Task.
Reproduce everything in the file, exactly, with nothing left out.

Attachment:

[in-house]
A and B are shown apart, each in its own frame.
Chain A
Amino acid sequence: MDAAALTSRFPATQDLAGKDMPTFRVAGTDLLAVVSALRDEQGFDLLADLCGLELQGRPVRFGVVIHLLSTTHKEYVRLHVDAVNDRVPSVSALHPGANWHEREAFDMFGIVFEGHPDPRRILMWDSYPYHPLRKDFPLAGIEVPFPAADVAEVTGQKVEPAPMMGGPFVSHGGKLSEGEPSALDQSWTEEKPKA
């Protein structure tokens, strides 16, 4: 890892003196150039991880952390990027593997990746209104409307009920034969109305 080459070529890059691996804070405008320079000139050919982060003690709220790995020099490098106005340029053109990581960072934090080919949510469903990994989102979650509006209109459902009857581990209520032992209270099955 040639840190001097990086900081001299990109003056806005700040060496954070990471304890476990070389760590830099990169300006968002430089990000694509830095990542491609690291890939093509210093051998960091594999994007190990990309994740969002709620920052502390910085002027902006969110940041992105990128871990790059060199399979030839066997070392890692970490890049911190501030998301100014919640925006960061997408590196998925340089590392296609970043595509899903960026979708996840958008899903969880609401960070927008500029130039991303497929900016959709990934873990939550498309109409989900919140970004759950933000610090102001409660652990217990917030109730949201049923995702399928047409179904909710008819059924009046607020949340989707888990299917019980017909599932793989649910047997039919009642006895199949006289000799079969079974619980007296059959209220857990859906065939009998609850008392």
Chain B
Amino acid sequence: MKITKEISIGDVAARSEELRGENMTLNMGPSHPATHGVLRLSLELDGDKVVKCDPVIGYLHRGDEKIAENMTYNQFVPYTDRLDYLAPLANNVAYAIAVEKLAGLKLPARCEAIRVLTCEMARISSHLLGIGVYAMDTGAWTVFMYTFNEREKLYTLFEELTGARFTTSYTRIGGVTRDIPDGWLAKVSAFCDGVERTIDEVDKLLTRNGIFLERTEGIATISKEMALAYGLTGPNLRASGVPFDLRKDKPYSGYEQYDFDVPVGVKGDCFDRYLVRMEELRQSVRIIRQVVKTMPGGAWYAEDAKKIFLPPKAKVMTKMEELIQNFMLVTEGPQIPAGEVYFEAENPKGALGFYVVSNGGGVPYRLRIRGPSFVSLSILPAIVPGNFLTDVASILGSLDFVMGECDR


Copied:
[in-house]
A and B are shown apart, each in its own frame.
Chain A
Amino acid sequence: MDAAALTSRFPATQDLAGKDMPTFRVAGTDLLAVVSALRDEQGFDLLADLCGLELQGRPVRFGVVIHLLSTTHKEYVRLHVDAVNDRVPSVSALHPGANWHEREAFDMFGIVFEGHPDPRRILMWDSYPYHPLRKDFPLAGIEVPFPAADVAEVTGQKVEPAPMMGGPFVSHGGKLSEGEPSALDQSWTEEKPKA
């Protein structure tokens, strides 16, 4: 890892003196150039991880952390990027593997990746209104409307009920034969109305 080459070529890059691996804070405008320079000139050919982060003690709220790995020099490098106005340029053109990581960072934090080919949510469903990994989102979650509006209109459902009857581990209520032992209270099955 040639840190001097990086900081001299990109003056806005700040060496954070990471304890476990070389760590830099990169300006968002430089990000694509830095990542491609690291890939093509210093051998960091594999994007190990990309994740969002709620920052502390910085002027902006969110940041992105990128871990790059060199399979030839066997070392890692970490890049911190501030998301100014919640925006960061997408590196998925340089590392296609970043595509899903960026979708996840958008899903969880609401960070927008500029130039991303497929900016959709990934873990939550498309109409989900919140970004759950933000610090102001409660652990217990917030109730949201049923995702399928047409179904909710008819059924009046607020949340989707888990299917019980017909599932793989649910047997039919009642006895199949006289000799079969079974619980007296059959209220857990859906065939009998609850008392």
Chain B
Amino acid sequence: MKITKEISIGDVAARSEELRGENMTLNMGPSHPATHGVLRLSLELDGDKVVKCDPVIGYLHRGDEKIAENMTYNQFVPYTDRLDYLAPLANNVAYAIAVEKLAGLKLPARCEAIRVLTCEMARISSHLLGIGVYAMDTGAWTVFMYTFNEREKLYTLFEELTGARFTTSYTRIGGVTRDIPDGWLAKVSAFCDGVERTIDEVDKLLTRNGIFLERTEGIATISKEMALAYGLTGPNLRASGVPFDLRKDKPYSGYEQYDFDVPVGVKGDCFDRYLVRMEELRQSVRIIRQVVKTMPGGAWYAEDAKKIFLPPKAKVMTKMEELIQNFMLVTEGPQIPAGEVYFEAENPKGALGFYVVSNGGGVPYRLRIRGPSFVSLSILPAIVPGNFLTDVASILGSLDFVMGECDR